Dec. 20, 2011

Matthew 25:31-36

Jesus said, “When the Son of Man comes in his glory, and all the angels with him, he will sit on his glorious throne. All the nations will be gathered before him, and he will separate the people one from another as a shepherd separates the sheep from the goats. He will put the sheep on his right and the goats on his left.

“Then the King will say to those on his right, ‘Come, you who are blessed by my Father; take your inheritance, the kingdom prepared for you since the creation of the world. For I was hungry and you gave me something to eat, I was thirsty and you gave me something to drink, I was a stranger and you invited me in, I needed clothes and you clothed me, I was sick and you looked after me, I was in prison and you came to visit me.’

As I was at the Post Office this morning and writing a check for my purchase, I contemplated what day it was. When I realized it was Dec. 20, I thought, “Wow! Christmas is really close!”

This Advent, I’ve been trying to encourage myself and others to not get so caught up in the business of Christmas preparations. Doing a daily devotional has forced me to pause at least for an hour each day and contemplate. But here’s the catch: it’s easier to write about something than actually live it in your life.

Isn’t this one of the great challenges of life? We can know and believe something. But living it on a daily basis really is a lot more challenging. I know exercise is good for me. I know that I’m more creative when I take time to exercise. Over time, my body responds. But when I get busy and feel stretched, what is the first good thing for me that I skip? Yep, you guessed it: exercise.

How easy it is for us to do this with our spiritual journeys also. I rarely fail to feed my physical body but too often I fail to adequately feed myself spiritually. Preparing for worship and planning how to present the Nativity story creatively once again doesn’t really allow me to spiritually feed myself. Sometimes it does. But honestly, it’s another thing on my “to-do” list that I just want to get crossed off.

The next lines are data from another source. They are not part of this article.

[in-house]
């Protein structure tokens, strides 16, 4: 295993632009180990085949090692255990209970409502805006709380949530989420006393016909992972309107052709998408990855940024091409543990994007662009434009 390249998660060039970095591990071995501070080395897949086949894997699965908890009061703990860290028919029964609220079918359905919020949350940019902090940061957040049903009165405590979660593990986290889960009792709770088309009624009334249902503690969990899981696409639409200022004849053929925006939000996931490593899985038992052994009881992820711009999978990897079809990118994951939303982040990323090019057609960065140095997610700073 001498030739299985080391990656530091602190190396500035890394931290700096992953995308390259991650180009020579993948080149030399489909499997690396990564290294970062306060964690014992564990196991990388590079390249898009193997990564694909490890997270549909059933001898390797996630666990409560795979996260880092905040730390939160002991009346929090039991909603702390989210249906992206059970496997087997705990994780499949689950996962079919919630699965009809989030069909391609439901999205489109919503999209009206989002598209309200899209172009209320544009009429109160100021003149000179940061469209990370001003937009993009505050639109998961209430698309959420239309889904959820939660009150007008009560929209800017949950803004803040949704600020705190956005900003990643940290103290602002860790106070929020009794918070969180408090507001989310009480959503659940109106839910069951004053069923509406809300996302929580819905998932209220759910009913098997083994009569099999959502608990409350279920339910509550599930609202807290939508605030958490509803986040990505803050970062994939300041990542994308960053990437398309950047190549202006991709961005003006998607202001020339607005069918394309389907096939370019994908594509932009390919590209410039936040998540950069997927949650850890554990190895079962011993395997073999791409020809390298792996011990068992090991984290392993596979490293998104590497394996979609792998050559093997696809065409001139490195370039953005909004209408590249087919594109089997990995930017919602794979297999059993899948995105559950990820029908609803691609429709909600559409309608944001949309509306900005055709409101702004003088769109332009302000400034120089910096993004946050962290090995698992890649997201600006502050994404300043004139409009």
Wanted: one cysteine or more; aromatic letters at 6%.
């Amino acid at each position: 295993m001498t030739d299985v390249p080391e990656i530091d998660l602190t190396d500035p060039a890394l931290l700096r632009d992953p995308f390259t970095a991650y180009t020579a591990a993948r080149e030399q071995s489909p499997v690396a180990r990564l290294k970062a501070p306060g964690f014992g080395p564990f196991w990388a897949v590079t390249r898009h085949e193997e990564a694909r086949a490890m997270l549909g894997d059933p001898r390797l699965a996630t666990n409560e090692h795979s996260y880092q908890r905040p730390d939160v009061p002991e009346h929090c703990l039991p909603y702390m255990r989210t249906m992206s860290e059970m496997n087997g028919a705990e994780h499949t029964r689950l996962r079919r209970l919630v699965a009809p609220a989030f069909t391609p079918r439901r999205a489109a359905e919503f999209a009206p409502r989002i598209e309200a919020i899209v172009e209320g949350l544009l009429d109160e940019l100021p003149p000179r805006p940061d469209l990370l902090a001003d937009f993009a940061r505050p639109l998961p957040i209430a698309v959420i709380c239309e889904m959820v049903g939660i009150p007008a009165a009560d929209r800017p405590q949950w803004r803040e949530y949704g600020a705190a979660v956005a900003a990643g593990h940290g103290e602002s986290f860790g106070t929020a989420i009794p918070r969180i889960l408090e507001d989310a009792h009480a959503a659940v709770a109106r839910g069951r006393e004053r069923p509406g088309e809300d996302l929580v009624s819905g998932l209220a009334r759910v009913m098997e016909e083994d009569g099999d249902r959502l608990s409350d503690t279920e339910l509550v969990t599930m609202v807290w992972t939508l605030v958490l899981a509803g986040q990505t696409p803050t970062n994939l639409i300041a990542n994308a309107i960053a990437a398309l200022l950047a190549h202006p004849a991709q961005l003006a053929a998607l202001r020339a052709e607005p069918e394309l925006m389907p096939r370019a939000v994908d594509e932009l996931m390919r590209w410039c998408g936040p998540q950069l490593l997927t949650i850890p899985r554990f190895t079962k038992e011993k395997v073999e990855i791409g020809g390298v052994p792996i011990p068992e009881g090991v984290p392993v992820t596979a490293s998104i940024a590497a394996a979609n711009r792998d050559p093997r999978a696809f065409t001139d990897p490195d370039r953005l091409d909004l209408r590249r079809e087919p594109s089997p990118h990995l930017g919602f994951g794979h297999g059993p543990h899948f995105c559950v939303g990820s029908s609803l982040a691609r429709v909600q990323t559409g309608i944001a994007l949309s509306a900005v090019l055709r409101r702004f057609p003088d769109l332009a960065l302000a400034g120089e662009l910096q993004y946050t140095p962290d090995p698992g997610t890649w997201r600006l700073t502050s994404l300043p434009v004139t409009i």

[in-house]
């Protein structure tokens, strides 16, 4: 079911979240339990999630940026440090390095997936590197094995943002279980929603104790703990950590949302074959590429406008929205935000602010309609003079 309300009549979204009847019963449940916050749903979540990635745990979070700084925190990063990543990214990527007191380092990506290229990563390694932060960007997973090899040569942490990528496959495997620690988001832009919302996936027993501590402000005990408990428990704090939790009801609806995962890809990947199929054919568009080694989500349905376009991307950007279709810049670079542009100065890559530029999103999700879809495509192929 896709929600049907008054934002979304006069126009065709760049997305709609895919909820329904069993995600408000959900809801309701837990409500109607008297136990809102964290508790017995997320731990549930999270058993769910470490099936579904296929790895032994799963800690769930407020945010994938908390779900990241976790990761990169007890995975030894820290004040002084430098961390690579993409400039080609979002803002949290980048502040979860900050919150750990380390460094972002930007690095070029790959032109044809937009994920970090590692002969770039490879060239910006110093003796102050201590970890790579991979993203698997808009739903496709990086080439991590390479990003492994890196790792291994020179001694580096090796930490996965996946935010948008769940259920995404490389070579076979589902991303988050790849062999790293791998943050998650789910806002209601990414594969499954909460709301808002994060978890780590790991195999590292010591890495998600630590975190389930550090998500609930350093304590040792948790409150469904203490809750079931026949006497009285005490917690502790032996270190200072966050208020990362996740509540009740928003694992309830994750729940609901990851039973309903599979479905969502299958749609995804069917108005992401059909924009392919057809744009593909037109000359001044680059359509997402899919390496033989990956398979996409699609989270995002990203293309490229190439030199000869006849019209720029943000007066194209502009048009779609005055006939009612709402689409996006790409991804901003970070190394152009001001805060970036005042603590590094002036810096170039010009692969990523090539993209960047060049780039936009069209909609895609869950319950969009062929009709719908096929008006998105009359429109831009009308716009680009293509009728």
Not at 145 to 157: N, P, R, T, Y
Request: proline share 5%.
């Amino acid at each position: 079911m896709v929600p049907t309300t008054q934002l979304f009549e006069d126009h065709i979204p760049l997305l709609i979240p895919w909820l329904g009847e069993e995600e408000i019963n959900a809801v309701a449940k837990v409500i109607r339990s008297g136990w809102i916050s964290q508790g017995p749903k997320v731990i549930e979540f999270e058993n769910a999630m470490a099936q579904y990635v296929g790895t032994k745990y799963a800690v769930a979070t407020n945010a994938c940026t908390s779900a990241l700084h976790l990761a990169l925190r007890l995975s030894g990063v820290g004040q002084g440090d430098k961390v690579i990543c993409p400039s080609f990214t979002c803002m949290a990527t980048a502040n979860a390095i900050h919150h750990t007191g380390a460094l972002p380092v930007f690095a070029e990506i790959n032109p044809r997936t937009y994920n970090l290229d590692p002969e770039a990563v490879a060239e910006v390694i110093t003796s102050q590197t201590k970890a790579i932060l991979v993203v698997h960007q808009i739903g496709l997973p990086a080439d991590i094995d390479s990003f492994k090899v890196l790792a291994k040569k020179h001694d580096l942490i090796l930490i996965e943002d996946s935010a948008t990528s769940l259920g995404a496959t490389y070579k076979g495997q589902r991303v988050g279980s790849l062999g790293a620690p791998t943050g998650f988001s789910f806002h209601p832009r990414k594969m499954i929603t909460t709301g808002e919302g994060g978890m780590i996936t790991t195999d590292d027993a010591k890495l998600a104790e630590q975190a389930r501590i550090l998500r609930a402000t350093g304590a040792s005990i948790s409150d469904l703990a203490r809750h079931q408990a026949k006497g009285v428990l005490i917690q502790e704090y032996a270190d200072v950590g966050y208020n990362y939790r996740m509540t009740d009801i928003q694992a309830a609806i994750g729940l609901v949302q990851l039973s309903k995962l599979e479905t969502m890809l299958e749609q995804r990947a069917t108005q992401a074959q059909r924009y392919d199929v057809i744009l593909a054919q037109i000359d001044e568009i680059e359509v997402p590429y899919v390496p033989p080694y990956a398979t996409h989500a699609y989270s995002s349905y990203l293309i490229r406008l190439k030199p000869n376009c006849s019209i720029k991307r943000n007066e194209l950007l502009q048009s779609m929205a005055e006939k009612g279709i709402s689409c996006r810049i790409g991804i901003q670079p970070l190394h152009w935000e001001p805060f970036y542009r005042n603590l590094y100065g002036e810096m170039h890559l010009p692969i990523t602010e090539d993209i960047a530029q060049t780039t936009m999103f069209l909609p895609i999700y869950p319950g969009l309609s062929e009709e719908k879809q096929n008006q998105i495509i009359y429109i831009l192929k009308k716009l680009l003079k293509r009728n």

Yesterday, I spoke about what Jesus would want on Jesus’ birthday wish list. The all-to-easy answer is to say, “I’m not really sure.” I disagree. In these verses from Matthew, which Jesus says very near the end of his earthly life, I think Jesus makes it very clear what would be on his birthday wish list. The best gift you could ever give me, he says, is to feed the hungry, get a drink for someone who is thirsty, help provide housing for the homeless, visit your sick neighbor, don’t turn away the stranger and yes, even visit those in prison.

It’s pretty clear what Jesus would most want us to do this week. As a pastor, there are two times of the year when I make an intentional effort to visitMidland’s shut-ins and those who aren’t able to get out very much. I do it right before Christmas and right before Easter. I know this is crazy because it’s also in those periods that my responsibilities for worship and special projects are also the greatest. Yet, I feel these times are important to bring God’s love to those who aren’t able to worship with us on a regular basis. I often share communion with these folks and bring along a small plate of candy or cookies. I’m trying to squeeze in the last number of visits I want to make yet this week, not quite sure when they will all get done. I just take it one visit at a time, in any available hour that I find.

Because in the end, I really believe these are the visits that bring joy to Jesus and the folks I visit. I’ve discovered that I can either view these visits as “work” or as a great opportunity to bring a small ray of God’s love into this person’s life.

At times, I’ve taken my niece or nephews or a grandchild or two with me on these visits. Every time I’ve done so, the person we are visiting has thoroughly enjoyed the younger person I’ve got tagging along. When I first brought one of these younger family members along, they asked why we were doing this. I explained that sometimes it’s important to stop and see folks who aren’t able to get out. It’s a way to bring some joy to their life. When it works out, Rick also has gone on these visits with me.

Can you find an hour this week to visit someone you wouldn’t normally visit? If there are younger people in your life, maybe see if they want to join you. I pray this won’t be “work” for you, but a great way to bring a little ray of sunshine to someone else’s life.

Let us pray: What can I give him, poor as I am? If I were a shepherd, I would bring a lamb; if I were a Wise Man, I would do my part; yet what I can I give him: give my heart. May we give of ourselves and allow others to see your glory through our actions. Amen.  

Blessings –




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